Update on Clinical Performance Metrics


Applied Clinical Trials

Database integration initiatives in the biopharmaceutical industry is now enabling clinical development departments to leverage that data for enhancing decision-making.

Clinical performance metrics has been a topic of interest in the industry, as databases from legacy systems have aggregated and become more structured over the past several years. With newly integrated data structures, the biopharmaceutical industry is now able to implement novel approaches to address clinical trial issues. In this article, we will review insights and updates from ExL’s 15th Clinical Performance Metrics & Analytics Summit.

Predictive Modeling in Protocol Risk and Site Risk

Alex Hsieh, Director of Predictive Analytics at Pfizer, discussed how Pfizer implemented machine learning and AI to predict future quality risk and events at the final approved stage. Hsieh used the analogy of weather, that everyone can relate to, to link clinical trial risk prediction to weather forecasting; essentially, predicting risk classes of an upcoming clinical trial using the empirical data, upgrading or downgrading the study risk based on the new data, and updating the risk predictive model by incorporating the latest studies. Hsieh indicated that, by using 15-20 model inputs from more than 700 studies, can generate an output that predicts the risk class of a study with an 80% accuracy rating. The other predictive model is capable of predicting which sites will likely have critical and/or major audit findings and that more information about the condition of those sites should be evaluated to mitigate the potential risk.

Digitizing SOPs and SOP Deviations

Nancy Dynes, Quality Metrics Consultant at Eli Lilly, explained how Lilly is focusing on improving quality in clinical development by carefully aligning SOPs and SOP deviations across systems. Dynes indicated that before this integration, their clinical development system contained a variety of SOPs that were organized loosely by

function, as documents were housed in a differently structured but validated electronic system. Lilly’s process for tightly integrating their deviations with the SOPs involved efficiently aggregating and understanding SOP deviation patterns, as previous reporting was challenging to produce and was labor intensive. Lilly implemented a new document management system to enhance structured linkages to individual SOPs; specifically, the deviations are linked specific processes in the SOP documents and the SOP infrastructure is integrated to the deviation system via output metadata. Accordingly, with this new system, quality personnel can view descriptive fields for each SOP in the deviation system, and have an ability to better assess, report, and visualize SOP conformance analytics. This new system enables quality personnel to measure the number of deviations per topic and evaluate change over time.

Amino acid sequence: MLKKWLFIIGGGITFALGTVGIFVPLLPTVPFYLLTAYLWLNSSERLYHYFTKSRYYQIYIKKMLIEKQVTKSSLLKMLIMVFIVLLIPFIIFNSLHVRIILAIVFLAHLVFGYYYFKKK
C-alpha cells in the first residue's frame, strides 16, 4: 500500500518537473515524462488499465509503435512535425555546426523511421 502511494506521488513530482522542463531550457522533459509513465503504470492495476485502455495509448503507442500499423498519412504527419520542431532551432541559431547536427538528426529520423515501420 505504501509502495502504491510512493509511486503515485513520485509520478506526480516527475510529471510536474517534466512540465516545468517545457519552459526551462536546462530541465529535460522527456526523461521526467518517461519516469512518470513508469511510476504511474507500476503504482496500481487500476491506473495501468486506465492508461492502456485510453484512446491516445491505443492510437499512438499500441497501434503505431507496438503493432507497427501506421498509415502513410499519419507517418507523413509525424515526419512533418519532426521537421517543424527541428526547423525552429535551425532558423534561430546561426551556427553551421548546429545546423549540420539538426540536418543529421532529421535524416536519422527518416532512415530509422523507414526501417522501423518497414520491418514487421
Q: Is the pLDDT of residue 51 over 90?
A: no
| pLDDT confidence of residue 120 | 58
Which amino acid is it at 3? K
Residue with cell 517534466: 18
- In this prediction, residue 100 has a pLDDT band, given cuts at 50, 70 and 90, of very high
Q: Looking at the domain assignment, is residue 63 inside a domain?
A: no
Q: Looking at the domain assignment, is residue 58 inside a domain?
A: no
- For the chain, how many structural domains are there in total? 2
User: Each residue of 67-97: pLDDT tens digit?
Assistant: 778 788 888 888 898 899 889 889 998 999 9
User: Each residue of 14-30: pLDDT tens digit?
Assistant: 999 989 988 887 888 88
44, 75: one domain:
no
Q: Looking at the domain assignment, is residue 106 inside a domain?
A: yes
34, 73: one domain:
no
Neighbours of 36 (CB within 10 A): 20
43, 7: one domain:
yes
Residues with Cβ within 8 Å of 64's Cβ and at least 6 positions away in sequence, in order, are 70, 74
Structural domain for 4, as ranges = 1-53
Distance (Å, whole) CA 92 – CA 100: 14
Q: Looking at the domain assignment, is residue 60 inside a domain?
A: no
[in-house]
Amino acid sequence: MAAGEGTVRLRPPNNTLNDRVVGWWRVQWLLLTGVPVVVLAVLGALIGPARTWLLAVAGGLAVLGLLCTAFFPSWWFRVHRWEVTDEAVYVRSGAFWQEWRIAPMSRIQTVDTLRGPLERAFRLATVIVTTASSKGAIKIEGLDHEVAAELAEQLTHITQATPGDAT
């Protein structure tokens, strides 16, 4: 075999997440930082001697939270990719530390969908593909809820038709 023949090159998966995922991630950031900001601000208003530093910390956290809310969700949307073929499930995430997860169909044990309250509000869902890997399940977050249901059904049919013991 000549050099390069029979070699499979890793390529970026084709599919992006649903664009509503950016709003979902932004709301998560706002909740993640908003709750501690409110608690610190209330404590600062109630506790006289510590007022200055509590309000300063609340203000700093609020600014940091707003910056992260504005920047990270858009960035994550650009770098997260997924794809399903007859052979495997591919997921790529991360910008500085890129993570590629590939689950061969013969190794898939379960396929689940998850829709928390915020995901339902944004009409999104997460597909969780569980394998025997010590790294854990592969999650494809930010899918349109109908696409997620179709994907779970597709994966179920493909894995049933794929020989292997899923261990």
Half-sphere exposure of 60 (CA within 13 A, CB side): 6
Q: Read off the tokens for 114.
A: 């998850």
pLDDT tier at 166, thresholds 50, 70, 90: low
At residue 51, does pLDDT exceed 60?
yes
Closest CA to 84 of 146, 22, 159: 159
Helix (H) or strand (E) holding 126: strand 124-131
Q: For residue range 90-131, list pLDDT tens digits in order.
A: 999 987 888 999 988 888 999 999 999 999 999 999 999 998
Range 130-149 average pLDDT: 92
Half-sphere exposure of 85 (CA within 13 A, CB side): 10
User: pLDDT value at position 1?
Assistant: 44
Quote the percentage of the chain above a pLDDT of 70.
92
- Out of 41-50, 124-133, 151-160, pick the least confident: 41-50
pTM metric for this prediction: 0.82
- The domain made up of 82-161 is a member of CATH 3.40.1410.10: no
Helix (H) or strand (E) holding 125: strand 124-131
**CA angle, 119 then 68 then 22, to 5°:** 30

Clinical Operations Metrics Implementation Strategies

Judy Hwee, Clinical Metrics & Reporting at Amgen, elaborated on the importance of executing robust strategies through enterprise transformation methodologies. Hwee indicated that the effects of data latency have exponential implications on time from business events to actions taken, as data, analysis, and decision latencies need to occur before action is taken. Accordingly, minimizing this latency through better information flows provides significant business value. Hwee explained how biopharmaceutical enterprises could drive sustainability for advancing analytics by implementing the three pillars of transformation. The three pillars of transformation include visualizations (i.e., deploying new reporting and visualization platforms, implementing user training, and having a

strong partnership with the information systems group for analytic application development), metric engines (i.e., establishing a single source of truth, having recursive metrics, and parameter flexibility), and creating a business glossary (i.e., establishing data governance models with a business focus, launching and deploying new data governance tools, and chartering centralized business rules and definitions). Hwee elaborated on a few vital roadmap principles for implementation which includes accessibility (i.e., offering systems access to all users), core concepts (i.e., maintaining core domain-focused reports), simplistic user experience views (i.e., visualization to support risk detection and performance management), and data dimensions (i.e., visualizations to support driving actions and decisions). Through this method, users can practice flexibility in their data analyses (i.e., drilling through and visualizing reports) and decision making, hence, improving enterprise scalability and efficiency.


In summary, database integration initiatives in the biopharmaceutical industry are now enabling clinical development departments to leverage that data for enhancing decision-making. It is likely that we will continue to see customized uses that leverage data integration for clinical trial improvement. ExL’s European Clinical Quality Oversight Forum is occurring Feb 25-26 in London.



Moe Alsumidaie, MBA, MSF is Chief Data Scientist at Annex Clinical, and Editorial Advisory Board member for and regular contributor to Applied Clinical Trials.


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